Royal Commission on Ecclesiastical Discipline 1906
Ritualism Riots of 1859-60, St George-in-the-East ceased to be a centre
of controversy over ritual and doctrine: the focus shifted elsewhere.
Even our 'advanced' daughter church of St Peter London Dock moved out
of the eye of the storm, once the Revd A.H. Mackonochie
had been moved on, to St Alban Holborn (where a prosecution was mounted
in 1867 based on the Church Discipline Act of 1840, and renewed under
the new act of 1874 - see below - reported as Mackonochie v. Lord Penzance (1881) 6 App Cas 424).
A growing number
of parishes - especially, but not exclusively, in London and the
south-east (hence the jibe 'London, Brighton and South Coast religion')
- introduced patterns of worship, ceremonial, vesture and ritual
practices that were fiercely contested by Protestant organisations,
opposed by bishops, and mocked in the media [see Punch cartoons, right, from 1866 PERNICIOUS NONSENSE - and 1867 CHANGE FOR THE BETTER]
- though many of them, both in slum areas and in fashionable parts of
town, flourished as a result. In London, St Barnabas Pimlico and St
Paul Knightsbridge had been two centres of ritualism, and although the
incumbent of the latter, W.J.E. Bennett, had been forced out of office,
the catholic movement continued to take ground. (Bennett continued his
campaign from the parish of Frome-Selwood, with which a number of
clergy of this parish had connections over the years, and was to an
extent vindicated by the Court of Arches and Privy Council in 1872).
Legal challenges turned on the controverted interpretation of the 'ornaments rubric'
of the Book of Common Prayer, which ritualists argued not only allowed,
but required, many of their practices. Attempts to regulate were
largely unsuccessful, and in 1867 a Royal Commission
was appointed to inquire into and report upon different practices which
had arisen, and varying interpretations which were put upon the
rubrics, orders &c. It proved inconclusive, its only practical outcome being the approval of a revised scheme of readings for daily prayer (1871).
who as Bishop of London had played an ambiguous role in the Ritualism
Riots in this parish, became Archbishop of Canterbury, and in 1874
introduced a private member's bill into the House of Lords which
resulted in the controversial Public Worship Regulation Act,
which created new procedures for complaint - involving, to the horror
of many, secular courts; over the years it resulted in the imprisonment
of five clergy, and lay behind the prosecution of the saintly Edward King, Bishop of Lincoln, on ritualism charges in 1888, reported as Read v. Bishop of Lincoln  AC 644.
In the closing years of the century, campaigns against 'ritual
lawlessness' flared up again (perhaps most notoriously with the various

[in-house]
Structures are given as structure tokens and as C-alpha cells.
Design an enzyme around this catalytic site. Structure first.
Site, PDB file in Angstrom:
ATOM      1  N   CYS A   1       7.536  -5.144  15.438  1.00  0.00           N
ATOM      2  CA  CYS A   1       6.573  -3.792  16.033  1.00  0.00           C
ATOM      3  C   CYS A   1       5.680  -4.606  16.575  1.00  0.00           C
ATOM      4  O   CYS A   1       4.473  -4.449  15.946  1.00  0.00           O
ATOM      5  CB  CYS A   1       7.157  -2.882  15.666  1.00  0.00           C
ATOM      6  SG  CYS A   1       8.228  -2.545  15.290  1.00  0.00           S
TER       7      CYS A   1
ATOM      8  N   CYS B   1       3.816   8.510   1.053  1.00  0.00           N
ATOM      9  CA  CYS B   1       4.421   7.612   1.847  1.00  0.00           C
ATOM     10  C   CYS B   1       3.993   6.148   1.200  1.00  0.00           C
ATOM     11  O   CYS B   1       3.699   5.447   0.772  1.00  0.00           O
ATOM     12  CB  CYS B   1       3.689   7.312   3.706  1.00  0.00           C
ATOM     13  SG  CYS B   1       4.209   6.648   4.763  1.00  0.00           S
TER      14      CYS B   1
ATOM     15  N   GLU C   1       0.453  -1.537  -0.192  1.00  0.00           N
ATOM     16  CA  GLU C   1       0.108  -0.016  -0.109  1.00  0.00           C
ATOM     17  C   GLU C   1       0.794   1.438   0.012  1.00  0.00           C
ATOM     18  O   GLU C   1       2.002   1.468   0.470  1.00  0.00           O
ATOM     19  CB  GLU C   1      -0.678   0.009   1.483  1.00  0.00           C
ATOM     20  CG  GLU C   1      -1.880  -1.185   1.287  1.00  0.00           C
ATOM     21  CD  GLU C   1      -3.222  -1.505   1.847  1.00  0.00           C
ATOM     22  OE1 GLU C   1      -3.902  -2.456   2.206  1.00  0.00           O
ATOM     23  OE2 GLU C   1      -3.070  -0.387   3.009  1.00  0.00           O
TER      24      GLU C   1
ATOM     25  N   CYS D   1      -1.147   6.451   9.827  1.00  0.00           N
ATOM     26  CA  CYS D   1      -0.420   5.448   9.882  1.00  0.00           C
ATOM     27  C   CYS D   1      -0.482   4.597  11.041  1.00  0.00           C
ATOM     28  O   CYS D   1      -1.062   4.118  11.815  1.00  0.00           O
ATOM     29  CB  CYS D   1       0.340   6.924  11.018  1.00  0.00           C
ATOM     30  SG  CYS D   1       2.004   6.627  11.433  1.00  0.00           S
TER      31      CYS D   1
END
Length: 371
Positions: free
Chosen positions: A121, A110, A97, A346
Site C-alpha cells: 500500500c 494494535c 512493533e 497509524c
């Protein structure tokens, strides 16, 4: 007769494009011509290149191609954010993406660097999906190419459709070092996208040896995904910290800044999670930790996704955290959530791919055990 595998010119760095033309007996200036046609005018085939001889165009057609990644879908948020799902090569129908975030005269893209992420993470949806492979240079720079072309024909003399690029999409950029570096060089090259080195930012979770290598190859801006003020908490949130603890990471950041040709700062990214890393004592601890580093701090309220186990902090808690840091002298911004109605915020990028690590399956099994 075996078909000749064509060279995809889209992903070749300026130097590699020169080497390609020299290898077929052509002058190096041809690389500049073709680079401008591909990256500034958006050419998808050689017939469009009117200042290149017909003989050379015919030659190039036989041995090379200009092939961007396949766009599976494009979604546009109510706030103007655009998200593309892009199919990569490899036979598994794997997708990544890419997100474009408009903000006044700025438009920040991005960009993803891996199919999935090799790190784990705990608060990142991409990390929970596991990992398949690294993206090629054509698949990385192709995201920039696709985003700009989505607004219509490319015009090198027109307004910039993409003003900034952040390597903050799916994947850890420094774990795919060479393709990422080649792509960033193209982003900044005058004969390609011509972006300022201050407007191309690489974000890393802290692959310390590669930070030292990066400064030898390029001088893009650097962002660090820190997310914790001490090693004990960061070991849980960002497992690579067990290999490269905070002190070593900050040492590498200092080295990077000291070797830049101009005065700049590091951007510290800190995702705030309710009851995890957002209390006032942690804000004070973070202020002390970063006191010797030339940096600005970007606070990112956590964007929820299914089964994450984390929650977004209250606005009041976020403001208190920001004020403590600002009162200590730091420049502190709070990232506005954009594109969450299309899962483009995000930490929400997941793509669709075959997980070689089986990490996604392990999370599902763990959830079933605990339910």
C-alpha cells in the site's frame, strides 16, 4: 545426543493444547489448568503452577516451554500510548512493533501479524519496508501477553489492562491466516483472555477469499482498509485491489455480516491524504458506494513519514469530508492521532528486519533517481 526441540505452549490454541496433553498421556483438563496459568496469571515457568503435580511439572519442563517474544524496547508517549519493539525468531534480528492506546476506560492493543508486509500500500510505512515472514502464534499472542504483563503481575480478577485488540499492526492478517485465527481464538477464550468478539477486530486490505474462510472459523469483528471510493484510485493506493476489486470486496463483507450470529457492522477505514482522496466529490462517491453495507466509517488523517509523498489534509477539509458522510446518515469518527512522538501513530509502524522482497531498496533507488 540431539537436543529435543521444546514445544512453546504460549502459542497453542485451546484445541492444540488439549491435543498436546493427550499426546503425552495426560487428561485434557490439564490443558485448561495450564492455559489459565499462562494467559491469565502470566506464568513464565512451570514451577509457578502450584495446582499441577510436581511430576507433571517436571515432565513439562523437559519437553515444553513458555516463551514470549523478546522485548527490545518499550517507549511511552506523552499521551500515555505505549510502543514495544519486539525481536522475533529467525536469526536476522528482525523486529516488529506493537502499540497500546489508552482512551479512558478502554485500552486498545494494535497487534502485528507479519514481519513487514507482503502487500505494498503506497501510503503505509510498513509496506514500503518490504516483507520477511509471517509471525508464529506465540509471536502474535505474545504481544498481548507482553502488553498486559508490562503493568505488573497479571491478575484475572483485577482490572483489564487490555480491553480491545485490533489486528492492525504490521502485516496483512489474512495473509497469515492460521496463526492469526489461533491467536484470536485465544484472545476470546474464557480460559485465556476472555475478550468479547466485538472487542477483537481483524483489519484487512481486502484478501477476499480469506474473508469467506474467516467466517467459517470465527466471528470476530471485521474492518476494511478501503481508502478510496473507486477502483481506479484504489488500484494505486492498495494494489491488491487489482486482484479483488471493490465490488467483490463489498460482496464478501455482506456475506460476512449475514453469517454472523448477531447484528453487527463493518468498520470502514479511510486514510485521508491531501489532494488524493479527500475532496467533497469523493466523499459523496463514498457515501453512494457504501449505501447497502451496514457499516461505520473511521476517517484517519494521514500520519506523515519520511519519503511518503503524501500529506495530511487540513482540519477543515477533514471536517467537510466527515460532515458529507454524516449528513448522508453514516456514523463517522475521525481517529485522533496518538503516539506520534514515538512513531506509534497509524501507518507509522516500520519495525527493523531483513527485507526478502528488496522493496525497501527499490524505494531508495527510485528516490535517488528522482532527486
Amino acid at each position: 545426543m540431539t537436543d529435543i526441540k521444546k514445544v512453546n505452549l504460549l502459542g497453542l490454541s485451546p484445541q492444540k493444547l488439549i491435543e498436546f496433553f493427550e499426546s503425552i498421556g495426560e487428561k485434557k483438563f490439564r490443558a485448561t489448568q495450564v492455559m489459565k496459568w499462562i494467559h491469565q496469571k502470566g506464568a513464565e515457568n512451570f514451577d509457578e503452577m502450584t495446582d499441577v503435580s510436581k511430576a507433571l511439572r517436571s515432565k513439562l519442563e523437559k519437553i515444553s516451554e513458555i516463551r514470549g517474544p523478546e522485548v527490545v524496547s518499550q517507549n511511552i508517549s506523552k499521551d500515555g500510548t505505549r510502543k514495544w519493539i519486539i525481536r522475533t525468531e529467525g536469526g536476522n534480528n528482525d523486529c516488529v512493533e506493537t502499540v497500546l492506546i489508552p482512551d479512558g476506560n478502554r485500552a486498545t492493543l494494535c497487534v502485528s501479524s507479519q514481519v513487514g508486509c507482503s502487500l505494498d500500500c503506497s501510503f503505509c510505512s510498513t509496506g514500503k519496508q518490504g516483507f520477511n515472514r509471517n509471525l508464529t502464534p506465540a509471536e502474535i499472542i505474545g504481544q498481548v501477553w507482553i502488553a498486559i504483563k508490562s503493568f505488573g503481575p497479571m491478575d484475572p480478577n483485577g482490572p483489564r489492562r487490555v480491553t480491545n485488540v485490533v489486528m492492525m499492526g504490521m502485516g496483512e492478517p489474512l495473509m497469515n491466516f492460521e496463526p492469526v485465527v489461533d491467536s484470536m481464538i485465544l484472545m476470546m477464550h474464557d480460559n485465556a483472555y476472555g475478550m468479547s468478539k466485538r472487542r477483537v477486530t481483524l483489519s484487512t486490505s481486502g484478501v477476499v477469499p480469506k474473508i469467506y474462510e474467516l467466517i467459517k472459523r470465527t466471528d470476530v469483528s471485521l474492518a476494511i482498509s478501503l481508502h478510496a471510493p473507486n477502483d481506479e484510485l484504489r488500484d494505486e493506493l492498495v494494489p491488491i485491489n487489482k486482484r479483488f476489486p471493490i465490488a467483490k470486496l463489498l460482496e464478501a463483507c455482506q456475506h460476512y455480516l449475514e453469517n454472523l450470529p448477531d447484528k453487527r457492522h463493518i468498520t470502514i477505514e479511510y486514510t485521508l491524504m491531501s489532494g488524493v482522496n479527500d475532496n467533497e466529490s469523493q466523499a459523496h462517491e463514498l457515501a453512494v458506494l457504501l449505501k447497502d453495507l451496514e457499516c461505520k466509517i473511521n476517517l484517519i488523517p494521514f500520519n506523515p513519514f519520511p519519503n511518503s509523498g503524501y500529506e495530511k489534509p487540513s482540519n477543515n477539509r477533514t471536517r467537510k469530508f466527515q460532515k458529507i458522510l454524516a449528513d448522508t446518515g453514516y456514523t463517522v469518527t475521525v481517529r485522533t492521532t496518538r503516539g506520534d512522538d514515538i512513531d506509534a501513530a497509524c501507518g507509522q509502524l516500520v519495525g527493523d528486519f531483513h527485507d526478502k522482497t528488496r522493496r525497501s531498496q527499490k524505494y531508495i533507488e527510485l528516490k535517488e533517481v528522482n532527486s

editions of William Walsh's scurrilous Secret History of the Oxford Movement,
published by the Church Association), and 'opinions' issued by the
Archbishops against incense, processional lights and reservation of the
sacrament proved ineffective; so another Royal Commission was
established in 1904 to inquire into breaches or neglect of
the Law relating to the conduct of Divine Service and to
It was an
extraordinarily thorough piece of work, whose evidence, in four volumes
with over 20,000 minuted questions, was presented two years later to
both Houses of Parliament. They received submissions from scholars and
interested parties, and considered detailed reports on services
attended by 'spies', or at least what modern websites call 'mystery worshippers'. Its broad
and unsurprising conclusion was that the law was too narrow to cope
with the growing diversity of Anglican practice, and that the machinery
for discipline had broken down; the text of report (but not the
detailed evidence) can be seen here.
But no particular action was taken (other than an end to prosecutions -
though the 1874 Act technically remained on the books until 1965).
The First World War intervened, and the next development was the
abortive movement for Prayer Book reform in the 1920s (with the
church's proposals rejected by Parliament in 1927 and 1928).
Report of local services
Some of the
'mystery worshippers' were members of various Protestant
societies, and therefore both biased and often spectacularly incorrect
in their descriptions of what they saw and described. Only two of 'our'
churches were reported on, Christ Church Watney Street, and St Mary
Cable Street, in both cases by William Norton Medlicott, who had been
asked by the commission to visit various churches, mainly in and
around London, and his descriptions are on the whole accurate. [Was he
the father of his namesake, a distinguished academic historian
(1900-87)?] There is also a report of an Ascension Day service at St Ethelburga Bishopsgate conducted by George Horlock, a former curate of St Paul Dock Street.
Clergy were invited to respond to the accounts of their
services: some offered point-by-point rebuttals, others refused to
engage with the process, but most - as in our two cases - agreed that
the reports were broadly accurate, adding that their practices were
well-established and lawful. As in Bryan King's time, it is certainly
the case that most of what some complained of at the time is perfectly
standard Anglican practice nowadays, in churches of nearly all
Christ Church, Watney Street
The 'chief' whom he mentions was Dr Gott, from the Leeds Clergy School, later Bishop of Truro.
St Mary Cable Street
to Christ Church Watney Street
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